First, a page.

It's an incident that could very well have come from our own country. Protest, murder, political intrigue and acquittals, the events of November 3rd 1979 should be as discussed and dissected as much as Bloody Sunday and Kingsmill.
Sadly, this book remains one of a very few about the Greensboro Massacre.
Allegations of collusion surfaced, due to the lack of a police presence until after the shootings. It quickly emerged that one of the Klansmen who had been present at the shooting was a police informer, while a member of the ANP (who had been an FBI informer) encouraged the Nazis to arm themselves prior to the demonstration.
Tried before an all white southern jury, they were acquitted when the jury accepted their argument that they had been provoked. Another trial in 1984 also saw the gunmen being acquitted when they argued their motivations were political, as opposed to racial.
So this book, the first about the massacre, retains an important place in history.
With both authors being members of the Communist Workers Party, there is no pretence at impartiality. On one hand, it's refreshing to see and read such open proclamations of Communism in such works (especially in a pre Gorbachov era Cold War). On the other hand, it does get rather po-faced and tiresome to read about "full time revolutionaries" and their debates about revealing their Communist beliefs to a sympathetic public.
The vast majority of the book is dedicated to telling the stories of the people who died at Greensboro, and they are all portrayed as good, hard working members of the party who were willing to debate, think and take action (such as moving to North Carolina to work in a textile mill so they can spread the message to the working class).
Interestingly (to me anyway), the chapters dedicated to each person are almost interchangeable. All of them give up certain types of careers to become revolutionaries, all of them are involved with trade union disputes, all of them knew to have fun etc etc. And while I cannot fault their activism and bravery in uniting black and white textile workers against the bosses and the police, there's very little in the way of what made them tick. What made them human. It's just party political propaganda at best (although understandable giving the context).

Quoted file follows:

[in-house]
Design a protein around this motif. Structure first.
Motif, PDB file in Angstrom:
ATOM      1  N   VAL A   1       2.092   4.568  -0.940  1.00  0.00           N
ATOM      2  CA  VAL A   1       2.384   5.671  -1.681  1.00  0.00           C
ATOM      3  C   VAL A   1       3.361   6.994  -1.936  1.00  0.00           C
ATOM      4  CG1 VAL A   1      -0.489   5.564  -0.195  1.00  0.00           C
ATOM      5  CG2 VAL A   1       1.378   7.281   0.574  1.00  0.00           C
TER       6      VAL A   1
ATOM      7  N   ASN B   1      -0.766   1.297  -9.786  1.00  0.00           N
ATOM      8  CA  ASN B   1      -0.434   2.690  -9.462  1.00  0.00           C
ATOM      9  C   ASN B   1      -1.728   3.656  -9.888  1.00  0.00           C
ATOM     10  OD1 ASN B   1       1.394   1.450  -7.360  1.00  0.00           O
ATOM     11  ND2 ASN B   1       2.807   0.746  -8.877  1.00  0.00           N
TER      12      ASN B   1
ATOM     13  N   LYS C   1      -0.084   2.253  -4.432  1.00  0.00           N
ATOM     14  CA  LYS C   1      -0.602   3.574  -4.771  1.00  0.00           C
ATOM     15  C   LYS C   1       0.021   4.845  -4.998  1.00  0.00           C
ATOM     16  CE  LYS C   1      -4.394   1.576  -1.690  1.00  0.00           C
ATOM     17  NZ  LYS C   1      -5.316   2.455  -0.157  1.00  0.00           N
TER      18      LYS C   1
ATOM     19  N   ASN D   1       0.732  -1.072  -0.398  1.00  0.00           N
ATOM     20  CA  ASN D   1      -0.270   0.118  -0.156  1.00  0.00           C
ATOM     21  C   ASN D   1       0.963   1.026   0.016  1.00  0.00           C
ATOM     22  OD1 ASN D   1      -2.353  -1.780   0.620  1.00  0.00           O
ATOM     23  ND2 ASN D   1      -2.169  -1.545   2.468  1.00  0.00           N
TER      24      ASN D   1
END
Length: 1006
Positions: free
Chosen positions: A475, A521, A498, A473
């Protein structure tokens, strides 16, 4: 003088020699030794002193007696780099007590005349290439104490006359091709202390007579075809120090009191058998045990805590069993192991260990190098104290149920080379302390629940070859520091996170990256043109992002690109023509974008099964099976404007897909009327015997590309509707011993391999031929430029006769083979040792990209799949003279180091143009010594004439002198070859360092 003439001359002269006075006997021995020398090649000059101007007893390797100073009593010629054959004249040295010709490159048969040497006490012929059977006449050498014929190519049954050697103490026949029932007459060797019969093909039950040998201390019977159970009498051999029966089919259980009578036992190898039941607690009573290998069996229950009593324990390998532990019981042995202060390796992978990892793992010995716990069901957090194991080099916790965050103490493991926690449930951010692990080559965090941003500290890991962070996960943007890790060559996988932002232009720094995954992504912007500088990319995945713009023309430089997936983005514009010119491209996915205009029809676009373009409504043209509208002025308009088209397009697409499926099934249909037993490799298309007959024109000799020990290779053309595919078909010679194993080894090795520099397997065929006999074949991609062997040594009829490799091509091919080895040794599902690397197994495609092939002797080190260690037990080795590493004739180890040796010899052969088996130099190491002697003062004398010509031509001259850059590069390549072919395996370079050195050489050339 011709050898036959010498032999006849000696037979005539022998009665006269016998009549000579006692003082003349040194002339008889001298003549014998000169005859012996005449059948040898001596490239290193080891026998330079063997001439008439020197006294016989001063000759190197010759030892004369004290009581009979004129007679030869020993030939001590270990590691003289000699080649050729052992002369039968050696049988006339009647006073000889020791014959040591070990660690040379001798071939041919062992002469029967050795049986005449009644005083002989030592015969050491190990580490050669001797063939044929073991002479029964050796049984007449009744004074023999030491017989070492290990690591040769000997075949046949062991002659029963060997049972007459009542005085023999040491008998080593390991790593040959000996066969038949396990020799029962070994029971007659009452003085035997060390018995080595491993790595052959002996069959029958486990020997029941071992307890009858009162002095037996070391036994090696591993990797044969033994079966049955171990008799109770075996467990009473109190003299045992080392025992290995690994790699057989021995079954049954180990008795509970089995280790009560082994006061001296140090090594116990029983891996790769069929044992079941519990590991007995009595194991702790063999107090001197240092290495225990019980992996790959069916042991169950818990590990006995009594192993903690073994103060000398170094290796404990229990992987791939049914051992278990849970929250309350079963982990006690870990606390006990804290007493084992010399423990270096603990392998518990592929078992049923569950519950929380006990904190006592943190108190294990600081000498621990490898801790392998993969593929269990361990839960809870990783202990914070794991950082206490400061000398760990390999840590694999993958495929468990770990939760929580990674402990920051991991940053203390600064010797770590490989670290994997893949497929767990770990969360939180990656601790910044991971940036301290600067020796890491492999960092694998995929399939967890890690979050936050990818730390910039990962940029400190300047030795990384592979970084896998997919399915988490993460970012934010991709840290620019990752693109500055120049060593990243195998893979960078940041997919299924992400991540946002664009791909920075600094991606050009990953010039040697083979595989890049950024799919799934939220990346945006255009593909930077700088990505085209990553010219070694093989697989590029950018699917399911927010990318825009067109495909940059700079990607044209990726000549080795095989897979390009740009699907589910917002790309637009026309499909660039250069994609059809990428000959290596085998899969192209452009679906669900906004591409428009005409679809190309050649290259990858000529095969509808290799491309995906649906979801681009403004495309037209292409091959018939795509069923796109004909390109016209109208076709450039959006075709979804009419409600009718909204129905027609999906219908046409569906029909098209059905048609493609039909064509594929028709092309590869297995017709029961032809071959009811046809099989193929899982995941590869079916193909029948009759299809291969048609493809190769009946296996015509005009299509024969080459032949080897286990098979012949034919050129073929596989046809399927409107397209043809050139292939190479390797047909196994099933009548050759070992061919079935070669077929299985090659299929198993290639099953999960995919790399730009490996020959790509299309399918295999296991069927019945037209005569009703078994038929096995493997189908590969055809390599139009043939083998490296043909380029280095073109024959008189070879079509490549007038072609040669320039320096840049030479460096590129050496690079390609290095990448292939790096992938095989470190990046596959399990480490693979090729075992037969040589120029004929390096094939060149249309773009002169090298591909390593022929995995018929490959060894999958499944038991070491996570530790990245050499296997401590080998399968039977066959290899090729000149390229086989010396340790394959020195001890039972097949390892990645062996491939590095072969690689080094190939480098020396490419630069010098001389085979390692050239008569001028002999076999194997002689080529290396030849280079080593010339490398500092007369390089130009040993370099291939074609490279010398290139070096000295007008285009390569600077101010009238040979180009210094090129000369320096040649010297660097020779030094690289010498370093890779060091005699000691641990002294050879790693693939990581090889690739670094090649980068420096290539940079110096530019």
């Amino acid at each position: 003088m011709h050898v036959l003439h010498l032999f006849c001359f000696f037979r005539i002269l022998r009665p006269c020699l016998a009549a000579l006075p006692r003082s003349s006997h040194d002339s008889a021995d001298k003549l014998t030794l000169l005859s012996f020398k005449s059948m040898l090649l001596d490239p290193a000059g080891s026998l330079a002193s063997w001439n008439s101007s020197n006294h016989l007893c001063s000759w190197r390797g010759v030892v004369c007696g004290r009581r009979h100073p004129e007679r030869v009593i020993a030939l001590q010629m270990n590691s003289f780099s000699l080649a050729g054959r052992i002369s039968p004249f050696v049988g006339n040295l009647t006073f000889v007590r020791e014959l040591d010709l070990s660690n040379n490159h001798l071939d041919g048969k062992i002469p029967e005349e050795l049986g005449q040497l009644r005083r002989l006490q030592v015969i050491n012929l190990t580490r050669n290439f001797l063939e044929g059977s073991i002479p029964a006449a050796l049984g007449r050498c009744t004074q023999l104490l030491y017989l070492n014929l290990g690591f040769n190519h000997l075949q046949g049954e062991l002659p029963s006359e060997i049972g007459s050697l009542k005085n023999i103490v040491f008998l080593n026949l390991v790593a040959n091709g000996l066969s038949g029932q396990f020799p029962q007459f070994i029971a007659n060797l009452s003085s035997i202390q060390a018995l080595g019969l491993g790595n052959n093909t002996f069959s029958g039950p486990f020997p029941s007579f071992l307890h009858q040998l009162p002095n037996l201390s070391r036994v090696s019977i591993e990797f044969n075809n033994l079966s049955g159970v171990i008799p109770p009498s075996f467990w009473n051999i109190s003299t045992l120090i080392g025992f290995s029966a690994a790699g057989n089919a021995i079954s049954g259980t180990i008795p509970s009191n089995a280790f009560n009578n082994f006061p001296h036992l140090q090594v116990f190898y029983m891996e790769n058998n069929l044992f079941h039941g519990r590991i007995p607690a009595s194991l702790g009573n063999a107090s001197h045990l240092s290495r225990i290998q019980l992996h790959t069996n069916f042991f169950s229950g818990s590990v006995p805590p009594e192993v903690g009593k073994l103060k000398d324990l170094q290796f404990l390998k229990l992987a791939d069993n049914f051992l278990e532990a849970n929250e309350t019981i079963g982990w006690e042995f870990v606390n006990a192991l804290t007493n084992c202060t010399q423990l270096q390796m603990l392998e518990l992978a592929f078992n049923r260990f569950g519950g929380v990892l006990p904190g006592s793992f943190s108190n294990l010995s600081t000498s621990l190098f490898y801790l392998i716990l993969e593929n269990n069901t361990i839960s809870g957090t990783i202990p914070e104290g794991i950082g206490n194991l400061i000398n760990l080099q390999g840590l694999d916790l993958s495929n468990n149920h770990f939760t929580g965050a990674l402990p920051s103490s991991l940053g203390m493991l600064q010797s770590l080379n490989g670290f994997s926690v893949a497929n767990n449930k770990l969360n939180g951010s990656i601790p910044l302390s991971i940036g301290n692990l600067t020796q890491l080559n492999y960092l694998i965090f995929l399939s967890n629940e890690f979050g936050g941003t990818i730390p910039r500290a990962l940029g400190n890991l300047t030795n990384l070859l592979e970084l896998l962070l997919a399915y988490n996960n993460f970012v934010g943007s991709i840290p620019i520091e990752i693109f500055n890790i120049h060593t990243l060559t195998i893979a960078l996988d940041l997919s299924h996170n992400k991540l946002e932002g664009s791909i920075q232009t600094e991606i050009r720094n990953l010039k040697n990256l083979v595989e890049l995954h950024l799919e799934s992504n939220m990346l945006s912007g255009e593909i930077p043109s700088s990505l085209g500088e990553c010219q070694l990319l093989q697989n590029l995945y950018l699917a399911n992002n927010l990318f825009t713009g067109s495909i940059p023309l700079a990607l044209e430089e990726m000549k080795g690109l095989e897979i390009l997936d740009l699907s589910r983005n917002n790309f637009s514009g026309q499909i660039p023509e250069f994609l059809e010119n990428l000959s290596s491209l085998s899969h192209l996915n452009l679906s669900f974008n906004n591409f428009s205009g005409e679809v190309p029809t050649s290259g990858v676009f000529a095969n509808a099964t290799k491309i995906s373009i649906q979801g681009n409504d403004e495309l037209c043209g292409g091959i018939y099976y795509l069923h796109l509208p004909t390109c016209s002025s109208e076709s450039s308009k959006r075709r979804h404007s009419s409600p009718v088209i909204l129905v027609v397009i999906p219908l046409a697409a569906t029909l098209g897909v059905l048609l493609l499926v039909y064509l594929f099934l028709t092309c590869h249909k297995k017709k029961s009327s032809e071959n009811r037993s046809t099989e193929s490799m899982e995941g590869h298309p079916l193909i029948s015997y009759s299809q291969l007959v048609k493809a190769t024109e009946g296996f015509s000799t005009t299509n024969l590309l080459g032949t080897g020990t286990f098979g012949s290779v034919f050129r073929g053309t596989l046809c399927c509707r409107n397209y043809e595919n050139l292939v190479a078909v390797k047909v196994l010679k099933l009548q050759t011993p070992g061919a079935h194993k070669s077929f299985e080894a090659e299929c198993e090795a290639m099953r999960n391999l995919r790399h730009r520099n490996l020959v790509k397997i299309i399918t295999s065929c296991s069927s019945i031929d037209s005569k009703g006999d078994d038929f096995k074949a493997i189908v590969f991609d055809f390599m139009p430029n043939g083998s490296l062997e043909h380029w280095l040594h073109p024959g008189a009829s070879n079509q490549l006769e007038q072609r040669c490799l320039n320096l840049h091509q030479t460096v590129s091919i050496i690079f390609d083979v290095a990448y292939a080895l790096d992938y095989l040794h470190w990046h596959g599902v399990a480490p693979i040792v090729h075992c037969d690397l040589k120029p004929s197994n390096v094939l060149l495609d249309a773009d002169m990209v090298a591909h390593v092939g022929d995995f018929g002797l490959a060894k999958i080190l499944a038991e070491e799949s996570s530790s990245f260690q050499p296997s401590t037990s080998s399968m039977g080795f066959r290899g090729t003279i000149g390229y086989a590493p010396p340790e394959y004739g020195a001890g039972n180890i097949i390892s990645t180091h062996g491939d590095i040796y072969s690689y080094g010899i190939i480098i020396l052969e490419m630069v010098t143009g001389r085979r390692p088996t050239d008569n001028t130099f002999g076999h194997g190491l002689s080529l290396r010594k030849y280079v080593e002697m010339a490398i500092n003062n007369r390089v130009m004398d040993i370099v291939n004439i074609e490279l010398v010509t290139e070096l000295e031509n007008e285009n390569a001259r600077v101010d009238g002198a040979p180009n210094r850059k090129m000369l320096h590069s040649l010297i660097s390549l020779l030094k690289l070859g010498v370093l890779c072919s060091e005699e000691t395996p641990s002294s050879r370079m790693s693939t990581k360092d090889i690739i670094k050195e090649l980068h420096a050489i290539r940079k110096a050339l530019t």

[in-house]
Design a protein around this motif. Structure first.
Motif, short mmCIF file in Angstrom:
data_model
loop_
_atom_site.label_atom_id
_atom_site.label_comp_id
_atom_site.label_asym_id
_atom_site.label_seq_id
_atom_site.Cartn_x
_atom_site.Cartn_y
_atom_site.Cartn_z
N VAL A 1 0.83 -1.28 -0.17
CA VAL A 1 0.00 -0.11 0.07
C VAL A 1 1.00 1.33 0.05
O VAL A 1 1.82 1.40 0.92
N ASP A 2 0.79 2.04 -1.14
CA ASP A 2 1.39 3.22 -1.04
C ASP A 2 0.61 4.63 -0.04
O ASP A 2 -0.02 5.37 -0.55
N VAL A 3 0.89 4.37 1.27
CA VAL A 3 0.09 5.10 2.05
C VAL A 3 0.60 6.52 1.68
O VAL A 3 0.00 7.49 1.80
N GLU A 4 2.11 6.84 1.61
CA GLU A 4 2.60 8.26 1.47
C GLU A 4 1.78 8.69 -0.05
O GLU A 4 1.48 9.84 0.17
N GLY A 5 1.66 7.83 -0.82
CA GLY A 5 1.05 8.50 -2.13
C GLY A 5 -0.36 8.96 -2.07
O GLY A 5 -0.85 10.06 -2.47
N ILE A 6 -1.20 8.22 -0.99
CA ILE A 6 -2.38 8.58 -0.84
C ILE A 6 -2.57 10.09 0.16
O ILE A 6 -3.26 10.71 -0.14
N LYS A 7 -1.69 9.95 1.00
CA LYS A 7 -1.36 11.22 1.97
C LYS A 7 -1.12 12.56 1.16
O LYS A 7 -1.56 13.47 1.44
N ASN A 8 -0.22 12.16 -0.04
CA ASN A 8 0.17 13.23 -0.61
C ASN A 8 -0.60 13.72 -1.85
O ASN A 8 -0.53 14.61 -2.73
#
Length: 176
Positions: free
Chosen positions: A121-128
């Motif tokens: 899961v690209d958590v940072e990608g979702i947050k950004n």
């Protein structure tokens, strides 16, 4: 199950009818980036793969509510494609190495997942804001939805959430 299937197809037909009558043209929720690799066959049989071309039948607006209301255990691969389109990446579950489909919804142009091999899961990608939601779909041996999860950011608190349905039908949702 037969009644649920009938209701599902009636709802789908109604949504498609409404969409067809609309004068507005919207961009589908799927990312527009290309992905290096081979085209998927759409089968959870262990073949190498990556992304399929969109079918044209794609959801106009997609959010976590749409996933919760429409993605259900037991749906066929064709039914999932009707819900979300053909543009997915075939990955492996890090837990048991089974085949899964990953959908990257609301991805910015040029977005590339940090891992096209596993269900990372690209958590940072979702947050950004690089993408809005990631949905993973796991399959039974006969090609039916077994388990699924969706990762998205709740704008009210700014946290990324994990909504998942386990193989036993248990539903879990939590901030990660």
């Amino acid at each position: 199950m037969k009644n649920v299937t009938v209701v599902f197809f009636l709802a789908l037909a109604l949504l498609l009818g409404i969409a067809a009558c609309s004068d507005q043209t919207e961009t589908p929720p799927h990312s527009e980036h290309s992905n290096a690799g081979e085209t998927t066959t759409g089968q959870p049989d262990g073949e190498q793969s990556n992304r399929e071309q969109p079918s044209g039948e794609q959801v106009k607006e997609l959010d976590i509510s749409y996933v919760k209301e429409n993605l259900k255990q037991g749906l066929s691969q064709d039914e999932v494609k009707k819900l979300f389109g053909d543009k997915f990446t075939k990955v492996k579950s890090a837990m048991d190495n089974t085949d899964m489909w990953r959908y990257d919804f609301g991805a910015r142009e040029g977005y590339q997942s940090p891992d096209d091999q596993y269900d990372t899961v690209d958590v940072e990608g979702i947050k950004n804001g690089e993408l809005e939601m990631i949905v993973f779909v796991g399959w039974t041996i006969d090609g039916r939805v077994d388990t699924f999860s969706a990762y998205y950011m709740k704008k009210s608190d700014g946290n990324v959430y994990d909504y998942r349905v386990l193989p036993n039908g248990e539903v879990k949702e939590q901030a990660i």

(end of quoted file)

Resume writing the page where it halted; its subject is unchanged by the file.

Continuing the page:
The authors conspiracy theory about it being a deliberate attempt to stifle the growth of the Communist Workers Party by removing some of the genuinely committed members (and future leaders) is an interesting one, considering what we now know about the conflict in this country. However, with the CWP never numbering more than (probably) 1000 members (in a country of 225.1 million in 1979), I'm not convinced that the state saw them as much of a potential threat.
Ultimately, it's hard to come away with any other thought that the marchers were maybe a tad naive to think that, by announcing that a march would be held under the banner "Death to the Klan", there would not be anything of this ilk. With the Klan being heavily infiltrated and even members taking up important positions in the political establishment, it was only going to end up bloody.
In recent years, with a Truth and Reconciliation style committee (not endorsed by the mayor or the majority of the council of Greensboro) report citing that both sides engaged in antagonising one another in the run up to the march, but that the Klan went there with the intention of murder, more information has become available. And it's fascinating to see the ambivalence some of America seem to have towards the event, because the murdered were Communists.
Very much a time capsule, this book documents a time when radical left wing politics was untouched by neoliberalism and the onslaught of Reaganomics. When people genuinely believed that the revolution wasn't far off and, as described in the book, a time when Robert Mugabe was seen as an inspiring hero.
Paul C. Bermanzohn, Sally A. Bermanzohn The True Story of the Greensboro Massacre Cesar Cauce Publishers and Distributors ISBN-13: 978-0866860000
Christopher Owens reviews for Metal Ireland and finds time to study the history and inherent contradictions of Ireland.
Follow Christopher Owens on Twitter @MrOwens212